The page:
Auburn researcher moderates panel on using AI for cybersecurity

By Brian Wesley

Published: Mar 31, 2020 9:26:00 AM

Daniel Tauritz (left) moderated a panel discussion on the “Use of AI for Cybersecurity." Daniel Tauritz (left) moderated a panel discussion on the “Use of AI for Cybersecurity."

Auburn University cybersecurity researcher Daniel Tauritz recently moderated a panel discussion on the “Use of AI for Cybersecurity” at the Intelligence National Security Alliance’s spring symposium in Arlington, Virginia.

The symposium, whose theme was “Building an AI Powered Intelligence Community,” featured a variety of keynotes and moderated discussions, providing insight on the nuances and applications of AI technology, including the fundamental tools and technologies as well as AI’s role in research and development and workforce development. Tauritz served as the moderator for the panel discussing how AI can be applied to defend against cyberattacks and fortify national security.

“One of the greatest threats to national security is that our adversaries may employ AI agents to attack us via cyberspace faster than human defenders can respond,” said Tauritz, associate professor of computer science and software engineering and chief cyber AI strategist for the Auburn Cyber Research Center. “It is therefore paramount that we focus as a nation on dominating the fields of AI and cybersecurity in order to field AI agents capable of defending against this threat, as well as employ AI to augment the capabilities of human defenders to identify high-consequence adversarial strategies and corresponding defenses.”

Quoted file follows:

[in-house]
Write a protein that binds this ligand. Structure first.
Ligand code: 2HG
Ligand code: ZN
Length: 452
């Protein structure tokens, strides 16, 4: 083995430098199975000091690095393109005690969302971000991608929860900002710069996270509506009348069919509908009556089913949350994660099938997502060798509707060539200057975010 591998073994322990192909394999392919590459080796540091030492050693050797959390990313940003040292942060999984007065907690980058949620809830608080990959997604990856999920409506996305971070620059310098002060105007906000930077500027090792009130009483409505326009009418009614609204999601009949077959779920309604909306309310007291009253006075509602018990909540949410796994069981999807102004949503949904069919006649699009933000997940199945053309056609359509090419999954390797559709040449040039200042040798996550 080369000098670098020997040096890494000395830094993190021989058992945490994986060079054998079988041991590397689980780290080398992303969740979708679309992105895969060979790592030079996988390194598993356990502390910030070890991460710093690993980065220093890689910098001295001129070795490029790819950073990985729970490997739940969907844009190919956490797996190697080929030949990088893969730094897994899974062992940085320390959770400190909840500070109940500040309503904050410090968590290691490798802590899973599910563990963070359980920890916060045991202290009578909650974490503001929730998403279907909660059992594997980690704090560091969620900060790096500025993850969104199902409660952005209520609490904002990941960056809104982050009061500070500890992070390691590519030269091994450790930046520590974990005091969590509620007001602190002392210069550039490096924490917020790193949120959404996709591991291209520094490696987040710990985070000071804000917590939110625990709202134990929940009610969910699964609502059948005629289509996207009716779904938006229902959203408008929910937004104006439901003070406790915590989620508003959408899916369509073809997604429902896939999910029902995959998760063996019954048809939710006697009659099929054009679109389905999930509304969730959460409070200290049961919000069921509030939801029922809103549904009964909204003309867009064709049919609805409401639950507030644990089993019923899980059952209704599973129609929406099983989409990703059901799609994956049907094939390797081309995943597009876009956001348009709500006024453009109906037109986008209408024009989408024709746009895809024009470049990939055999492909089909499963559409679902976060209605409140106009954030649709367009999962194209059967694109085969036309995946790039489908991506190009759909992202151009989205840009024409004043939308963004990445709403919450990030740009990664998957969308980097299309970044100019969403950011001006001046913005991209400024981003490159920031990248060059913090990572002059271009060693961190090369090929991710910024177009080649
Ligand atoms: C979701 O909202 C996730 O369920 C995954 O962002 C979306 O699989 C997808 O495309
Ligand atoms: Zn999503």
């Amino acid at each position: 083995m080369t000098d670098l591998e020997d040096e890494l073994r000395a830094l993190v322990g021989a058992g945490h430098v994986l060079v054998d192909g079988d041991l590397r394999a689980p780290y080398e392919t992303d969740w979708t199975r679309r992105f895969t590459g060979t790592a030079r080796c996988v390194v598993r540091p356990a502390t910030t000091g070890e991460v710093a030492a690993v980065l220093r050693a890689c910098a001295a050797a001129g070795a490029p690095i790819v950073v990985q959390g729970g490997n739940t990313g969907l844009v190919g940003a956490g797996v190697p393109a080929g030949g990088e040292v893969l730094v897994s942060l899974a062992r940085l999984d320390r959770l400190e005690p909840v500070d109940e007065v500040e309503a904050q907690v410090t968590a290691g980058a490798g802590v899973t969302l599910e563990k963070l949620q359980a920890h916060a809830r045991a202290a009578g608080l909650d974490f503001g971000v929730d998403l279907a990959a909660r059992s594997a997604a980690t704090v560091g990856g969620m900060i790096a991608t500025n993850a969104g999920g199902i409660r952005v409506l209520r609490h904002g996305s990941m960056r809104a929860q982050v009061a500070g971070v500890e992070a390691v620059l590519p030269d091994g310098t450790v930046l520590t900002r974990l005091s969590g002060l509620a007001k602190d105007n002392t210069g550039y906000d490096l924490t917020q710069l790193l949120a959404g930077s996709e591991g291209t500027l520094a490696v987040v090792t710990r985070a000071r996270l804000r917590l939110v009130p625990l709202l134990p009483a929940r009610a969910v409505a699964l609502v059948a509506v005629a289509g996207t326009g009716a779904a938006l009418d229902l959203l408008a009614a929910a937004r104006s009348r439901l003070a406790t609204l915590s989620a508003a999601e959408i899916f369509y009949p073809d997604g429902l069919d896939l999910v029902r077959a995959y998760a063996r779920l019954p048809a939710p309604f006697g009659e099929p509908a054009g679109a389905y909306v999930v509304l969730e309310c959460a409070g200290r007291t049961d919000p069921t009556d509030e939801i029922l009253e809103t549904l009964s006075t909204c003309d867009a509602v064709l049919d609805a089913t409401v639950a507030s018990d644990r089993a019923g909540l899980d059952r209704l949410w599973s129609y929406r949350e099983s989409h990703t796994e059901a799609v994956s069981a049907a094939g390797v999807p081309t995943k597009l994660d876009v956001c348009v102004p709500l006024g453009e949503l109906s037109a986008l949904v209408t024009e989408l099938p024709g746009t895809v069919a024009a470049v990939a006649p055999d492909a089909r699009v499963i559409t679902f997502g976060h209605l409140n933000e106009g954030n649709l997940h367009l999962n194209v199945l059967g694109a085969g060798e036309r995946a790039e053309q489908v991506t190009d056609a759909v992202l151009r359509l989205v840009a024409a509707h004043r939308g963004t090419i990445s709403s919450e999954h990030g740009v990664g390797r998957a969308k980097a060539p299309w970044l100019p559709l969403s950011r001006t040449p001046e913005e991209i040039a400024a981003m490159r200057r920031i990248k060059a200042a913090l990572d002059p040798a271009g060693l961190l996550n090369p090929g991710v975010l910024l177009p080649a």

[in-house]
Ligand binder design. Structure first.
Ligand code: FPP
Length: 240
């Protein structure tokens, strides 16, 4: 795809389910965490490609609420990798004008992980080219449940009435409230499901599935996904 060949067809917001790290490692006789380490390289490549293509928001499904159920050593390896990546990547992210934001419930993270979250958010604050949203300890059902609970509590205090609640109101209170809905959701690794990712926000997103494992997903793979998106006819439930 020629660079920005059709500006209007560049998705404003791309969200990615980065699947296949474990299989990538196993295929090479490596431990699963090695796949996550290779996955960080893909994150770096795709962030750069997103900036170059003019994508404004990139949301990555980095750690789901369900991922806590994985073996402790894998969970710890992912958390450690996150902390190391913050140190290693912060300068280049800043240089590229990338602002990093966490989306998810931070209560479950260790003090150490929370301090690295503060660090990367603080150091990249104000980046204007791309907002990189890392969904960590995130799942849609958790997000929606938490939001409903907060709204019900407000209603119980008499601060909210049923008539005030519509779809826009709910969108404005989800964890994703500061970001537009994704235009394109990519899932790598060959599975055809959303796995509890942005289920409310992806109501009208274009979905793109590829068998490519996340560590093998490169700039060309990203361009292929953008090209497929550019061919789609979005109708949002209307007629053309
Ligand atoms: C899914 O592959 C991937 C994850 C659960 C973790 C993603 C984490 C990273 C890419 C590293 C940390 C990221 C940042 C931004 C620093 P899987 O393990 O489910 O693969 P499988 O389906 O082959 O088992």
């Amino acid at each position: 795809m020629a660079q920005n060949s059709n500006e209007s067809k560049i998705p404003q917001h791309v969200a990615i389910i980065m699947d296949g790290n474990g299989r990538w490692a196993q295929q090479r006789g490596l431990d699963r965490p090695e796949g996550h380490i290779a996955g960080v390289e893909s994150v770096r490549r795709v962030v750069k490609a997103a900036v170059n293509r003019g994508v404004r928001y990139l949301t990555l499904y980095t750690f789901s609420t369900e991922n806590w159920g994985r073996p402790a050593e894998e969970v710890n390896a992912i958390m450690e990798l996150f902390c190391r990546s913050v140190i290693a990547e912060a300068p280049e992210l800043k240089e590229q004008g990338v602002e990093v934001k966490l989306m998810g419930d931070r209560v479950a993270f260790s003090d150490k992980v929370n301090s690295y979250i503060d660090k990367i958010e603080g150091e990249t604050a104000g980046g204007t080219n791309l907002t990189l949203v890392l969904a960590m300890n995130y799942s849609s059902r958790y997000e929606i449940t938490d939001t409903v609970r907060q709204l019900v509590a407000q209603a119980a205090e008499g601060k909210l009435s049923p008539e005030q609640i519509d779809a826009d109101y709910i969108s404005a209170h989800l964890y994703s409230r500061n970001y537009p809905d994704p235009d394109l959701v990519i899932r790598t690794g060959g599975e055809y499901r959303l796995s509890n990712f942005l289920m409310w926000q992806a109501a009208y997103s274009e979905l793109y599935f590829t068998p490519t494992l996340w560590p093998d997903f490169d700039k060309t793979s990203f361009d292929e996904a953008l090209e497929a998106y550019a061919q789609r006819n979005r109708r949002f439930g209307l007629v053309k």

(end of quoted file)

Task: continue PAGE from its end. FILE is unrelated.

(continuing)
The panelists for “Use of AI for Cybersecurity” included Martin Stanley, senior technical advisor at the Cyber and Infrastructure Security Agency of the U.S. Department of Homeland Security; Raffael Marty, vice president of research and intelligence at the cybersecurity company Forcepoint headquartered in Austin, Texas; and Angela McKay, senior director of cybersecurity strategy and policy at Microsoft.

The speakers thoroughly discussed several opportunities and threats of AI use in cybersecurity, including AI recognizing cyberattacks, the limitations of the technology and creating AI to assist with training humans. One of the key discussion points was finding the best approach to protecting civilians’ privacy and safety while confronting cyberattacks from adversaries.

“In order to minimize the risk of collateral damage, particularly with the aim to avoid civilian impact, AI agents will need contextual knowledge to distinguish between self and non-self, and between military and civilian targets,” Tauritz said. “Additionally, they will need the equivalent of Isaac Asimov’s ‘Three Laws of Robotics’ – suitably modified for warfare – in order to be imbued with moral values.”

Watch the full panel discussion below:

Media Contact: Chris Anthony, chris.anthony@auburn.edu, 334.844.3447

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